According to new research from Mintel on family leisure preferences, Millennial (aged 18-35 in 2012) moms and dads have family entertainment spending habits that contrast with their older counterparts. While 42% of parents surveyed are spending less on family entertainment now than they were a year ago, more than one-third of Millennials are spending more, compared to just 17% of non-Millennial parents.
Parents And Family Entertainment Spending (March, 2013; % of Respondents)
% of Respondents
Millennial parents (18-35) spending more on family than a year ago
Non-millennial parents spending more (42% spending less)
18-34 year old fathers spending over $300/month
Men >35 spending over $300/month
Women (18-34) spending over $300/month
Parents saying budget precludes family from activities of choice
Source: Mintel, March 2013
Younger dads’ (aged 18-34) spending habits in this sector show a disparity with older fathers and all mothers. 79% of younger dads spend less than $300 per month on family entertainment. However, 21% of this segment spends more than $300 a month, versus only 11% of men over 35 and 7% of women 18-34-years-old.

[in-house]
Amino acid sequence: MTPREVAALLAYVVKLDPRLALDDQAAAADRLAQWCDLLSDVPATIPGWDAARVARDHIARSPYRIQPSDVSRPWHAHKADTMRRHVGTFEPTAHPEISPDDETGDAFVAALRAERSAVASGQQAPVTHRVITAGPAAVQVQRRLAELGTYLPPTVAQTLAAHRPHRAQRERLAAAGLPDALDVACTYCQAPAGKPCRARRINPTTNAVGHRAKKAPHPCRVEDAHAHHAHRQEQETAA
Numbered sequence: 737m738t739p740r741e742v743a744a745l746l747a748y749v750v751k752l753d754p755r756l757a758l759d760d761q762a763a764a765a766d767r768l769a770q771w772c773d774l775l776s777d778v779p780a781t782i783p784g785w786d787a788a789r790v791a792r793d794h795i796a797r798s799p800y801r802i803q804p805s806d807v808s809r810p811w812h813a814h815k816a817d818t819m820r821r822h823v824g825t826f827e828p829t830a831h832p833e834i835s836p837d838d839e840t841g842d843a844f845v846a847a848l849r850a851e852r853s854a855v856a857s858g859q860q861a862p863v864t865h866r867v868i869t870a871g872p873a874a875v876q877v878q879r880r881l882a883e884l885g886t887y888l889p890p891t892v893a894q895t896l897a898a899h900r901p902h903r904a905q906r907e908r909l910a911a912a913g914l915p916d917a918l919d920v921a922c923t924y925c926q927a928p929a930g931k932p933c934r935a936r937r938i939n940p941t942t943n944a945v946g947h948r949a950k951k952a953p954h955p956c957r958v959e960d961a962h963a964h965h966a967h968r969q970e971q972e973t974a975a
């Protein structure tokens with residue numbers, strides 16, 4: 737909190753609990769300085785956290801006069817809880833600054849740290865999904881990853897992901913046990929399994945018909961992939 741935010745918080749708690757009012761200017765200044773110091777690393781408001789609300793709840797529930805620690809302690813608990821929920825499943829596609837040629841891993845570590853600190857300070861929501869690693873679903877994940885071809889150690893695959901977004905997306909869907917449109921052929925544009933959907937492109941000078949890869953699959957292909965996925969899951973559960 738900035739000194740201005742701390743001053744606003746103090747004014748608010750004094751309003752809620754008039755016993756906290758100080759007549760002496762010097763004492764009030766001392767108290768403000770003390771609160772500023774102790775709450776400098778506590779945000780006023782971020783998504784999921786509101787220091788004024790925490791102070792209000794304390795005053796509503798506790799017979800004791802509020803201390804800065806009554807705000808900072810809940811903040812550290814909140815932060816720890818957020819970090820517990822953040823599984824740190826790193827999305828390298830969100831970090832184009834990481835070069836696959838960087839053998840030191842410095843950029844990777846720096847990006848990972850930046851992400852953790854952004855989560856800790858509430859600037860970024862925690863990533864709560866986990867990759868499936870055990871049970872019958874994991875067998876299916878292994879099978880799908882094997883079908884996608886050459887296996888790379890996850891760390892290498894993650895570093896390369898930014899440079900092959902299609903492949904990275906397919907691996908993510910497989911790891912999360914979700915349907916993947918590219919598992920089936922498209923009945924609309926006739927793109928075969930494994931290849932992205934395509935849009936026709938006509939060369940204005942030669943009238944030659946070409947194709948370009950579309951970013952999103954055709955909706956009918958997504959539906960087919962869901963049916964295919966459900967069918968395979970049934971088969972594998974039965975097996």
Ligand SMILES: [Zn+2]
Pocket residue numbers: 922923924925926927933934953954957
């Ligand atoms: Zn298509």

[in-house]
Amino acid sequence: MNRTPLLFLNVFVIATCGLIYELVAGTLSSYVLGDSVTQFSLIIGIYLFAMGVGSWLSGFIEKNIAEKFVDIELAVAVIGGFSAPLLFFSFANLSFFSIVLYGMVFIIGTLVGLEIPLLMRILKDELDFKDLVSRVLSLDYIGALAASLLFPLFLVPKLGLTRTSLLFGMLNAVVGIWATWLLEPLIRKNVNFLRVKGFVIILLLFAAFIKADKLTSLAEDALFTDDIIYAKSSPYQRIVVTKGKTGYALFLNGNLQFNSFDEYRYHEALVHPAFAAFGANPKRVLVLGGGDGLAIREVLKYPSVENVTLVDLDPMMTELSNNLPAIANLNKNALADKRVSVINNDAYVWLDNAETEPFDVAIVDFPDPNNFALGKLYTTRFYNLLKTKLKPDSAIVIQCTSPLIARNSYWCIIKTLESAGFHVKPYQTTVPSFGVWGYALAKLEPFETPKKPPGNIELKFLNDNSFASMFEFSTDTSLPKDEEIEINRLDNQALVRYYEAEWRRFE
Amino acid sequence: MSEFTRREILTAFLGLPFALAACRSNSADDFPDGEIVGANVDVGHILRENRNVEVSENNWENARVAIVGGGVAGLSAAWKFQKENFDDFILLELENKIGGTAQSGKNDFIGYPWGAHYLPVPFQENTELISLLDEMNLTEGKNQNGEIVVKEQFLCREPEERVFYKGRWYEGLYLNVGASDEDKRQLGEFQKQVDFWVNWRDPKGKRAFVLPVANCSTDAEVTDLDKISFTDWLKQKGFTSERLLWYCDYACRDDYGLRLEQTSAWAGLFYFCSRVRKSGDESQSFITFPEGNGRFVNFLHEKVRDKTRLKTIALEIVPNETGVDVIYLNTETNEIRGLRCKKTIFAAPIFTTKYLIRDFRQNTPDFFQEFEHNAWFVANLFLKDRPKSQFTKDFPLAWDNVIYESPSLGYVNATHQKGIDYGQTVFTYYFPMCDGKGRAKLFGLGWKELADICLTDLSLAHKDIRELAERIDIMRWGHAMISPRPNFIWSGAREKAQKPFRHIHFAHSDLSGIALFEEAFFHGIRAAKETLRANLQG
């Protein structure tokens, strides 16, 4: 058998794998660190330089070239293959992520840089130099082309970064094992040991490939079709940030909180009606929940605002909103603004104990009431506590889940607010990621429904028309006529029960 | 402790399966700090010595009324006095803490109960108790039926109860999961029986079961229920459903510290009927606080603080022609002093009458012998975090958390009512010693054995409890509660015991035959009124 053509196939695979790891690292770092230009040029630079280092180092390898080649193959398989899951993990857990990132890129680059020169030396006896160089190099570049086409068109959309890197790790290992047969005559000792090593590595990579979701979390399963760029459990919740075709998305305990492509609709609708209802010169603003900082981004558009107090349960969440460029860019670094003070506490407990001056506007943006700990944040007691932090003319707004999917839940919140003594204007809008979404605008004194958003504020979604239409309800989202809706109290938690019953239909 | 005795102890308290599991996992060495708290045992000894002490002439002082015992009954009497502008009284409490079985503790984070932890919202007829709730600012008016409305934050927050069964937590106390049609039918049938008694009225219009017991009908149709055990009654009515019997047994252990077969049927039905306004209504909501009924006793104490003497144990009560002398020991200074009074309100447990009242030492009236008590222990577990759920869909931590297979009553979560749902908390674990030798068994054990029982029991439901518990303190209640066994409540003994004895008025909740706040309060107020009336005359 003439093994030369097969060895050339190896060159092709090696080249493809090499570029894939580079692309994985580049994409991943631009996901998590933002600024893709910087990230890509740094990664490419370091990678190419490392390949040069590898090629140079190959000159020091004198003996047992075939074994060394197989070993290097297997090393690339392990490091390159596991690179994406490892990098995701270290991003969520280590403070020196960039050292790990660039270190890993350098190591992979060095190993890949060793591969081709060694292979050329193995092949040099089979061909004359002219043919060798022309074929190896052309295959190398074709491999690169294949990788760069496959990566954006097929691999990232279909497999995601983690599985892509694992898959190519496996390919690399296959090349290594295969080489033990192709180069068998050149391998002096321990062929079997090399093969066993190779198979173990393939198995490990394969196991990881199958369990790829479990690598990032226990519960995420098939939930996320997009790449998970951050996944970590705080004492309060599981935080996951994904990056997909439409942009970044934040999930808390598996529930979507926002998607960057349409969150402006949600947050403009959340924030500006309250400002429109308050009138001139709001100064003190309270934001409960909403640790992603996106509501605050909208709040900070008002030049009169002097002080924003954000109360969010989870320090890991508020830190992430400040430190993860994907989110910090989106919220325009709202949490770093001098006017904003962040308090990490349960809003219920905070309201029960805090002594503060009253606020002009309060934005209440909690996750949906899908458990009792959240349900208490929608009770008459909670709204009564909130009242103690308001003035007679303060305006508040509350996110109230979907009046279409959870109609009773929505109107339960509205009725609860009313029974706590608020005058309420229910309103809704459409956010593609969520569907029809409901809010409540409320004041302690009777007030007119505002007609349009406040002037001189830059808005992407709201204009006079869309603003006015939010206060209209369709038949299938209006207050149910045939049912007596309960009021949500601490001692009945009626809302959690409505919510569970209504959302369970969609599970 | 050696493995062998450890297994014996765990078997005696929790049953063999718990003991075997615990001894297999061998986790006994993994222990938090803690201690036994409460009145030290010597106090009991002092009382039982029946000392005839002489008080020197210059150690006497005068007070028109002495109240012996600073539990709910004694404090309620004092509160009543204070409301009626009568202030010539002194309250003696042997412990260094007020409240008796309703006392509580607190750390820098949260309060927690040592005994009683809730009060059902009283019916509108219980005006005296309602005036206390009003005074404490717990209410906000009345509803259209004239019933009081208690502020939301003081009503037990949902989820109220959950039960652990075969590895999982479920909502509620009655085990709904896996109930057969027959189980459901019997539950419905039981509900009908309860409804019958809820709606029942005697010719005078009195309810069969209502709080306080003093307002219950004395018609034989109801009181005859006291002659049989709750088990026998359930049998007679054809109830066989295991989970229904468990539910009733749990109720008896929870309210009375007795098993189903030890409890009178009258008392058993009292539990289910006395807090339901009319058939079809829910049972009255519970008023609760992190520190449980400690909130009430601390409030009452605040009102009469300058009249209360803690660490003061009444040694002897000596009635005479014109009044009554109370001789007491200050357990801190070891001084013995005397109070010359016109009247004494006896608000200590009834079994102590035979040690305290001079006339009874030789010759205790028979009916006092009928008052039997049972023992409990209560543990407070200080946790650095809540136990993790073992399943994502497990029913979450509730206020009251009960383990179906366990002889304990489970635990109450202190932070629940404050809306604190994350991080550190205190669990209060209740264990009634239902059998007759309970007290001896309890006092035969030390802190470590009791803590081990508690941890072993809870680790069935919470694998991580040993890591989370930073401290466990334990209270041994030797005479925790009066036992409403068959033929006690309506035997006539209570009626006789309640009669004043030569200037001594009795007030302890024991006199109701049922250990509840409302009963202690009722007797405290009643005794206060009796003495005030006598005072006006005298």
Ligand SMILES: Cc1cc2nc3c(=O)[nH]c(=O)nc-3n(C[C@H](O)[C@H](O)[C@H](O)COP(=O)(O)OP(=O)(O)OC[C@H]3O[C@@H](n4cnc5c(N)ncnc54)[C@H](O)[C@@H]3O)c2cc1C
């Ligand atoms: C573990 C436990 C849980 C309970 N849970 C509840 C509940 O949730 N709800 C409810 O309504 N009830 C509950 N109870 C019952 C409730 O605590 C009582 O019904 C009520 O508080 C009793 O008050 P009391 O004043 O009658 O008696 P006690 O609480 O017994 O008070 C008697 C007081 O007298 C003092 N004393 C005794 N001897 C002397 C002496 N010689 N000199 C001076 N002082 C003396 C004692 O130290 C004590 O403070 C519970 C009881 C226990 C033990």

Gretchen Grabowski, travel and leisure analyst at Mintel, notes that “... dads’... take a more relaxed approach to family activities... compared to moms who are typically the budget makers and enforcers... dads see their role... choosing fun activities that instantly gratify their kids... “
Nearly three in 10 parents say budget restrictions prevent their families from participating in their entertainment activities of choice, and 25% say that kids’ extracurricular obligations lessen their available time.
Work obligations are also a primary barrier for young parents. One quarter of 18-34-year-olds say their spouse or partner doesn’t have time for family activities due to time spent working, a larger share than any older age group surveyed.
91% of parents surveyed agree their family usually has a good time when they’re together, 77% of kids aged 6-11 say they like spending time with their family and 73% of 12-17-year-olds say they really like to be with their family.
Grabowski opines that “...the likelihood that dads are the primary spenders in this sector... opens the door for marketers to target this group... (and) the fact that kids enjoy family bonding is... important to their development... (suggests) marketers should... focus their promotions on family activities that are recreational... educational... and (promote) social development of young children...”
For additional information from Mintel, please visit here.